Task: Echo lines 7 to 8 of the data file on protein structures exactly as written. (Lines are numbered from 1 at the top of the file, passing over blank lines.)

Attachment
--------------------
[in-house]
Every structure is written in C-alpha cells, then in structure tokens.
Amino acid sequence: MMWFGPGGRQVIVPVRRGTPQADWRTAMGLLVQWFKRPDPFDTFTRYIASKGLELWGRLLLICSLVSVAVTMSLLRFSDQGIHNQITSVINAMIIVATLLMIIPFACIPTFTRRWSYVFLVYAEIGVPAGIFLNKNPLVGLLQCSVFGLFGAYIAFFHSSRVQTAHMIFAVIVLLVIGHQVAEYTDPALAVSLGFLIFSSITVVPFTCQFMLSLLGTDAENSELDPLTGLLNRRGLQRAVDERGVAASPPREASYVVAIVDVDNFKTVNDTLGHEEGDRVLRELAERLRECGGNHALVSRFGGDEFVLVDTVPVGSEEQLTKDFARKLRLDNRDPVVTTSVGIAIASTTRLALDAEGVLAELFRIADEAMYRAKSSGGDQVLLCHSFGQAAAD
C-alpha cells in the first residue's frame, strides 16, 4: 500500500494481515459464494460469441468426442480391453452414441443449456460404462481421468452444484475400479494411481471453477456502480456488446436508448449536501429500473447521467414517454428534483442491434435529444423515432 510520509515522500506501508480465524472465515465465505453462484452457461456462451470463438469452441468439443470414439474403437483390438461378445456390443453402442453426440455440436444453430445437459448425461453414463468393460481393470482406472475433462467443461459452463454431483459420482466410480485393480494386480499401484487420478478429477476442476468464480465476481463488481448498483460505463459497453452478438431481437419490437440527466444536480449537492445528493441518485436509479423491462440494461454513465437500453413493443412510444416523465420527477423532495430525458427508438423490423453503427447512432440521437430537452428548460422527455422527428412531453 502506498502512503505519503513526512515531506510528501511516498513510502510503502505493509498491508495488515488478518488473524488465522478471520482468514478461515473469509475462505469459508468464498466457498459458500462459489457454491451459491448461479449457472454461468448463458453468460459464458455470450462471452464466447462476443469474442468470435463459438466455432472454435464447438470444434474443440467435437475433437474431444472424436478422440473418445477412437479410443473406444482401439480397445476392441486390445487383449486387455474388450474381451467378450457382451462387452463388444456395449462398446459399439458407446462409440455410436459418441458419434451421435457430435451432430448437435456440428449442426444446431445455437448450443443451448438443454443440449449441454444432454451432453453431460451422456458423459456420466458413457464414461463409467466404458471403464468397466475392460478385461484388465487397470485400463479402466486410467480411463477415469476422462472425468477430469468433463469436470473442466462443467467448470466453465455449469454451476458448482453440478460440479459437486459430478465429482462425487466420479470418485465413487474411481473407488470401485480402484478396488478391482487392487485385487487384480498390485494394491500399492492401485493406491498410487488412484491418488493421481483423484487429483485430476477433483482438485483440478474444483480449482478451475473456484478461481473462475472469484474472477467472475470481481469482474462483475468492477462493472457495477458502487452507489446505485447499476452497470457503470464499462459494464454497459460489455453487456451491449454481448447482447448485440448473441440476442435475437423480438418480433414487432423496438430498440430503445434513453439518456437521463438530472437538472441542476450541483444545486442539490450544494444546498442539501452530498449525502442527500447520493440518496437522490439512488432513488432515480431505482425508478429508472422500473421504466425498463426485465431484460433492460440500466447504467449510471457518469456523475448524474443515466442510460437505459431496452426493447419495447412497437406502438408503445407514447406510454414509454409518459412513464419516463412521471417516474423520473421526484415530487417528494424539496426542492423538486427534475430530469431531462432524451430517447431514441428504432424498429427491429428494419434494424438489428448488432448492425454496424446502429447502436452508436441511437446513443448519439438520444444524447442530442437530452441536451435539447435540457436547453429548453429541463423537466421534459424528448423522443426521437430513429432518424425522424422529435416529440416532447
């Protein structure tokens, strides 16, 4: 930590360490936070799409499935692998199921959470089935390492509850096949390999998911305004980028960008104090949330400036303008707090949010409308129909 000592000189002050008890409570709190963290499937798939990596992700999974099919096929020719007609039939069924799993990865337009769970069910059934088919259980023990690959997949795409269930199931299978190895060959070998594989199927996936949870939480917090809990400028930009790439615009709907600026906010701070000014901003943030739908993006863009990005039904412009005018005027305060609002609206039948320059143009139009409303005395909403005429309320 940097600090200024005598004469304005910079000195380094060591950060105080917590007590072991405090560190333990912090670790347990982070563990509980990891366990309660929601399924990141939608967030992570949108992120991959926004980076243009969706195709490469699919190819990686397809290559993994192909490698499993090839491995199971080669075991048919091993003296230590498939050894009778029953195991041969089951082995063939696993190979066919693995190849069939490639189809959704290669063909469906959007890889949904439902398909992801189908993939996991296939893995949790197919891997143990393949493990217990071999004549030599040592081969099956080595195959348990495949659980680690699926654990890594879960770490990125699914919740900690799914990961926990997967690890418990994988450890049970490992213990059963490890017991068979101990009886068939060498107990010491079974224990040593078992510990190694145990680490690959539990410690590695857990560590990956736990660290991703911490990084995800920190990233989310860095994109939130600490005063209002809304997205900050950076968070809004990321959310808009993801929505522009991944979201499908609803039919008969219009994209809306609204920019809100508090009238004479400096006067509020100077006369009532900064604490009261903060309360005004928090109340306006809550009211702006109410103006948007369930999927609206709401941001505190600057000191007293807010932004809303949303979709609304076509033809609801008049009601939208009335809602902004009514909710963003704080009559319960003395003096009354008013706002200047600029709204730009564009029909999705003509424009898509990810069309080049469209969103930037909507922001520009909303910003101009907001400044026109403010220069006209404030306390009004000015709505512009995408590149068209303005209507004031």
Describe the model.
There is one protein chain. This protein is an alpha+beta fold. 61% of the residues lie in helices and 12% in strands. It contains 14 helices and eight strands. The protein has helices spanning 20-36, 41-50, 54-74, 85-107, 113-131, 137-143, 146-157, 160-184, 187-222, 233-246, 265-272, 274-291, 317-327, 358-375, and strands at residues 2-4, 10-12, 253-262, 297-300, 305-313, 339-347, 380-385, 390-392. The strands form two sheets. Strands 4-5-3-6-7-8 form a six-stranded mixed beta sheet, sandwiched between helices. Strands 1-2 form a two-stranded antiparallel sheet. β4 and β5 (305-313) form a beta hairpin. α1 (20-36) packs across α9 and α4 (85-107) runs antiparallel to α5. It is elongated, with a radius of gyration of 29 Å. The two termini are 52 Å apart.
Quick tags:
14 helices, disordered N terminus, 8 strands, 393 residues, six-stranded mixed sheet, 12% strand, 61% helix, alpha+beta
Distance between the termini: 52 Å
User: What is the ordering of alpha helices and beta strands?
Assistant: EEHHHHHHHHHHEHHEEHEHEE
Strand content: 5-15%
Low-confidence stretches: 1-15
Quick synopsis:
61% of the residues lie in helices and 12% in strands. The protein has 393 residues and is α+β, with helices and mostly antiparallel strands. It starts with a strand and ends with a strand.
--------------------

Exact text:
There is one protein chain. This protein is an alpha+beta fold. 61% of the residues lie in helices and 12% in strands. It contains 14 helices and eight strands. The protein has helices spanning 20-36, 41-50, 54-74, 85-107, 113-131, 137-143, 146-157, 160-184, 187-222, 233-246, 265-272, 274-291, 317-327, 358-375, and strands at residues 2-4, 10-12, 253-262, 297-300, 305-313, 339-347, 380-385, 390-392. The strands form two sheets. Strands 4-5-3-6-7-8 form a six-stranded mixed beta sheet, sandwiched between helices. Strands 1-2 form a two-stranded antiparallel sheet. β4 and β5 (305-313) form a beta hairpin. α1 (20-36) packs across α9 and α4 (85-107) runs antiparallel to α5. It is elongated, with a radius of gyration of 29 Å. The two termini are 52 Å apart.
Quick tags: